Hacks have developed the connotation of being a quick fix for a problem, perceived or otherwise, in our daily lives. They are the scratch-off lottery ticket of the productivity world, with us trying over and over again to find the one that makes everything better.
For the foreseeable future, every time I see a “hack” it’s going to be measured and evaluated by three benchmarks:
2. Is it sustainable over the long term without the addition of work to my daily routines?
3. Does it require a change in mindset to implement?
Based on these three benchmarks hacks are going to fall into two categories: implement and inspire. You see, I’m not implying hacks are bad; far from it. What I’m suggesting is not all hacks have the same impact for all people. Being able to evaluate based on that and determine which hacks will truly make a difference for me versus which are simply good ideas worth acknowledging and retaining for future inspiration.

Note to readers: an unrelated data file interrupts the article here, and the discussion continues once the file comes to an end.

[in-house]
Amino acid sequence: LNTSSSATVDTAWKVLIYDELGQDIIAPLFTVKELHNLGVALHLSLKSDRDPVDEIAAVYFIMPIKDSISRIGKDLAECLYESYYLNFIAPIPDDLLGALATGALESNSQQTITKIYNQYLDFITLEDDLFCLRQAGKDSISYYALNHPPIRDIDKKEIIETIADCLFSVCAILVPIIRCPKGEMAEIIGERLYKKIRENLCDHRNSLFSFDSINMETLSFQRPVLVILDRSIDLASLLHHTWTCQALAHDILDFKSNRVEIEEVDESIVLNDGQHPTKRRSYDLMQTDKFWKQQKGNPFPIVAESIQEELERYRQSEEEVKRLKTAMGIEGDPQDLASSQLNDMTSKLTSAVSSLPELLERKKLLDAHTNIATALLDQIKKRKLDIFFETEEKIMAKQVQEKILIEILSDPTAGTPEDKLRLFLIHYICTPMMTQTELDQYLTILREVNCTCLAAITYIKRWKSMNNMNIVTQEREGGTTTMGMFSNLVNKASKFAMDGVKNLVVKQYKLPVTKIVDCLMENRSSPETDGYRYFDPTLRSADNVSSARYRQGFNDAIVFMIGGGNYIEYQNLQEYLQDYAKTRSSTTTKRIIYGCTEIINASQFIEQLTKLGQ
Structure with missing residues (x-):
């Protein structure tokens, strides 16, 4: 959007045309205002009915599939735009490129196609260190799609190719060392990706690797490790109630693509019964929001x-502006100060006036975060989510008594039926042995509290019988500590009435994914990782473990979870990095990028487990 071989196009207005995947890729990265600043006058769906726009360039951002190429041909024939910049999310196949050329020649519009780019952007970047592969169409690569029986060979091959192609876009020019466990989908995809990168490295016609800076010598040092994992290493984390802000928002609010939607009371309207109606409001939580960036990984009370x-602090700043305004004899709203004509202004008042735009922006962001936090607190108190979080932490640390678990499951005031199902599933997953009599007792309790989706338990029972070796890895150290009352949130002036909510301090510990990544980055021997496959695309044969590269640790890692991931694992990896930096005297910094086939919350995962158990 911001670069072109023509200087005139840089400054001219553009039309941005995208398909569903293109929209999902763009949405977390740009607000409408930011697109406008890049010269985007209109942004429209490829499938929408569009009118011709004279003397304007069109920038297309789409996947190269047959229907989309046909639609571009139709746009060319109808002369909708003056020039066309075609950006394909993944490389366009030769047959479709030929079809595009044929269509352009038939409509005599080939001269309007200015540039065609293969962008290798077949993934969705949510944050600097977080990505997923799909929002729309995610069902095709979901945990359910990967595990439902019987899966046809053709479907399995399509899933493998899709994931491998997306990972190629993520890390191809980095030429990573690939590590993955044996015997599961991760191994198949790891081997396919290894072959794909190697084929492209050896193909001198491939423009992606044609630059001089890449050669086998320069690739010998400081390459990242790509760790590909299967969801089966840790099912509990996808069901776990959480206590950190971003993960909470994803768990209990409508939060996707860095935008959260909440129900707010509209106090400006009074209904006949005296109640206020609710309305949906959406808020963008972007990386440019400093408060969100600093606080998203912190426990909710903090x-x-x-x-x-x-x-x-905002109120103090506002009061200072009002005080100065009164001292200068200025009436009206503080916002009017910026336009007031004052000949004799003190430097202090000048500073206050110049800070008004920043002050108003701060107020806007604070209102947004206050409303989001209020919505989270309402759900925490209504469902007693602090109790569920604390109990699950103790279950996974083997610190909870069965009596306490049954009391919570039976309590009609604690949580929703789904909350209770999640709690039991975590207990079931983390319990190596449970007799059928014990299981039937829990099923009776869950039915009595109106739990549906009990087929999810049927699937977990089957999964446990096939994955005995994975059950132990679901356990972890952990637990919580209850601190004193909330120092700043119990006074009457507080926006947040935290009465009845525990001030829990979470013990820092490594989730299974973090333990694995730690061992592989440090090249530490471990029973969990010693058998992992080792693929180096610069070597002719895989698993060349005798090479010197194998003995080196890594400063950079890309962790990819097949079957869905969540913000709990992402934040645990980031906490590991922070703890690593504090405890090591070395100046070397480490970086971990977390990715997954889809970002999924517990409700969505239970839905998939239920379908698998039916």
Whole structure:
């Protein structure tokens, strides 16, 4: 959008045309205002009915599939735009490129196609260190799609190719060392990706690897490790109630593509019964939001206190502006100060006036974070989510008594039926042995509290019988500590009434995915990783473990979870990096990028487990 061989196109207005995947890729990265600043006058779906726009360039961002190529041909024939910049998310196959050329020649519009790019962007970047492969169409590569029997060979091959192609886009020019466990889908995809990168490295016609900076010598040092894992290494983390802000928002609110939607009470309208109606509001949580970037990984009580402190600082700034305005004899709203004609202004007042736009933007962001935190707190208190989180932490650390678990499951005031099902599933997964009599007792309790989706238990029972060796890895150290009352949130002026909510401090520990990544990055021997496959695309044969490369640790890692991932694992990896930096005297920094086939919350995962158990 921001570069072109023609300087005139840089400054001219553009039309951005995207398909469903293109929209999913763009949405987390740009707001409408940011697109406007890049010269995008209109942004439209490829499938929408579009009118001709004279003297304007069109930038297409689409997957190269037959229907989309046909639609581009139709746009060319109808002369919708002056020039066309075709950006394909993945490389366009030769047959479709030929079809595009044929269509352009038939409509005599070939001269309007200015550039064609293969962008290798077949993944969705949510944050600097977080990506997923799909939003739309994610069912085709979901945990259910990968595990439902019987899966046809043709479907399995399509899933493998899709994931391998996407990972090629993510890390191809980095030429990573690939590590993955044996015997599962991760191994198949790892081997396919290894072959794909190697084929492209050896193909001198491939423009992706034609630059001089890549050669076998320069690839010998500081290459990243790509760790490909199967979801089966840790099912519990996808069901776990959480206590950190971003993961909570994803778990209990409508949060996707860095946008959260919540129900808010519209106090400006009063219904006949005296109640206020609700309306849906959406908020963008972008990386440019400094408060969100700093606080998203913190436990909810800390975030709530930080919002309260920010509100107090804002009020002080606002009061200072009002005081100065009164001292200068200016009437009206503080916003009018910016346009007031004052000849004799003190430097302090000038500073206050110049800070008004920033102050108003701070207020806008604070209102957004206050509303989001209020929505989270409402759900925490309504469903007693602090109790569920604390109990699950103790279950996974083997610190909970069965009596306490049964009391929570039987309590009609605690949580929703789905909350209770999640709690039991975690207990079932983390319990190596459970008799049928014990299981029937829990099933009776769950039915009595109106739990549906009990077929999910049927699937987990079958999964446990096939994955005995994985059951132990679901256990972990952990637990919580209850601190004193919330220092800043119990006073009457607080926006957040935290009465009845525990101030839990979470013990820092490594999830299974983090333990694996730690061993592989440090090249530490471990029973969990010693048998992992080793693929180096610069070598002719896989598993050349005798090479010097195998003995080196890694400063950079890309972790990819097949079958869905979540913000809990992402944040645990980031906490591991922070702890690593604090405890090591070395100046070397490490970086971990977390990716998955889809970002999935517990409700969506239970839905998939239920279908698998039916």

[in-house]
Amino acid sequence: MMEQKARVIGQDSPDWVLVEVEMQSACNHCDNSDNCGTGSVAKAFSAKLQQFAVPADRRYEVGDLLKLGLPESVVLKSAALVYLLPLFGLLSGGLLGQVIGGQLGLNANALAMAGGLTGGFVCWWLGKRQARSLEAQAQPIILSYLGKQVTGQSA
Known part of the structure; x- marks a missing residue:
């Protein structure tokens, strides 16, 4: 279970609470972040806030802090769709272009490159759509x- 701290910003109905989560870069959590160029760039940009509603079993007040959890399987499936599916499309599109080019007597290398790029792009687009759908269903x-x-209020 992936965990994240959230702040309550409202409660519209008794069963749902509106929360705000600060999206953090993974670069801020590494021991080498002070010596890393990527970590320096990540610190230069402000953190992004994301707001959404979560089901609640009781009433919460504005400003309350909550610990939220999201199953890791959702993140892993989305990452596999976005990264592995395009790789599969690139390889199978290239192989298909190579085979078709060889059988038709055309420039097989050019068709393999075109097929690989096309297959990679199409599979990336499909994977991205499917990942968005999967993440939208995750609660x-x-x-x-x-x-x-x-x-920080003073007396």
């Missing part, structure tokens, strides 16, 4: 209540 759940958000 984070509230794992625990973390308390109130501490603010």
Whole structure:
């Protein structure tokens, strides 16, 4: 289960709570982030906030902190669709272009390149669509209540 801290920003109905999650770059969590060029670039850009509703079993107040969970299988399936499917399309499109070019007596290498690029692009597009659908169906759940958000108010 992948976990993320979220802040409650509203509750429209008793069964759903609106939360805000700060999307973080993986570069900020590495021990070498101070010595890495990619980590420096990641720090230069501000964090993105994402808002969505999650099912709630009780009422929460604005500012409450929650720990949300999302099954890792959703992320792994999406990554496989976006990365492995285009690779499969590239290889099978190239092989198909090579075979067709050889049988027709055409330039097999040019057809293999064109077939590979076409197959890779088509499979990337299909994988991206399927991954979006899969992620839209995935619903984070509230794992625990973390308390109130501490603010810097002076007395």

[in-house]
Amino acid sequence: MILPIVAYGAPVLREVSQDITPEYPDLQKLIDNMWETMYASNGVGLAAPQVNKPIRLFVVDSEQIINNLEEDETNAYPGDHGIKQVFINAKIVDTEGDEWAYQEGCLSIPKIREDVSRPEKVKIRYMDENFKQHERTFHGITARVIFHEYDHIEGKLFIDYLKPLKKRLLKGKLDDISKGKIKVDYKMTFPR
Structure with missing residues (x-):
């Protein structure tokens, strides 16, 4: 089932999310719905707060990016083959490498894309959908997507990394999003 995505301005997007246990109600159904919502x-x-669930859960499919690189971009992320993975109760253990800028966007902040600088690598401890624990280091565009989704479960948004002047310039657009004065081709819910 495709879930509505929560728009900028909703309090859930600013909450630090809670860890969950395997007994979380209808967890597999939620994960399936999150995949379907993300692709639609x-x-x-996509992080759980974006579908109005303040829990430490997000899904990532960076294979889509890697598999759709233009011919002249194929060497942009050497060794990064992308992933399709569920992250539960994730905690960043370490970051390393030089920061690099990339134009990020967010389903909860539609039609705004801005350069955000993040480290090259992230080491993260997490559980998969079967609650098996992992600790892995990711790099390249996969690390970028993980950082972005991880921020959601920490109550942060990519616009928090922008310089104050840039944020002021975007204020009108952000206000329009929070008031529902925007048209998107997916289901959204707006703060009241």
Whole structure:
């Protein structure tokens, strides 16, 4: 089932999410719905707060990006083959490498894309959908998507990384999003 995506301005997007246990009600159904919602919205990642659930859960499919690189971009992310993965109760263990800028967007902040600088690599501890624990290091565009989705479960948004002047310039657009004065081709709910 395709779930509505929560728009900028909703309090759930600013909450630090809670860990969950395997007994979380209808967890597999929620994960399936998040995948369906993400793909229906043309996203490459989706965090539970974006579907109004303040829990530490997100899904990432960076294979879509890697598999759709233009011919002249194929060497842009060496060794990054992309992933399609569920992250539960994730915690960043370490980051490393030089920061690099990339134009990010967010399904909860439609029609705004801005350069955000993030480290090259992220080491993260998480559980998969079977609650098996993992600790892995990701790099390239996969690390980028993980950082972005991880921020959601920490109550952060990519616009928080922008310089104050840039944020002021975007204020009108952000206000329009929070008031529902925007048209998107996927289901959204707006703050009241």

No more chasing the golden ticket. It’s time for a practical and pragmatic approach.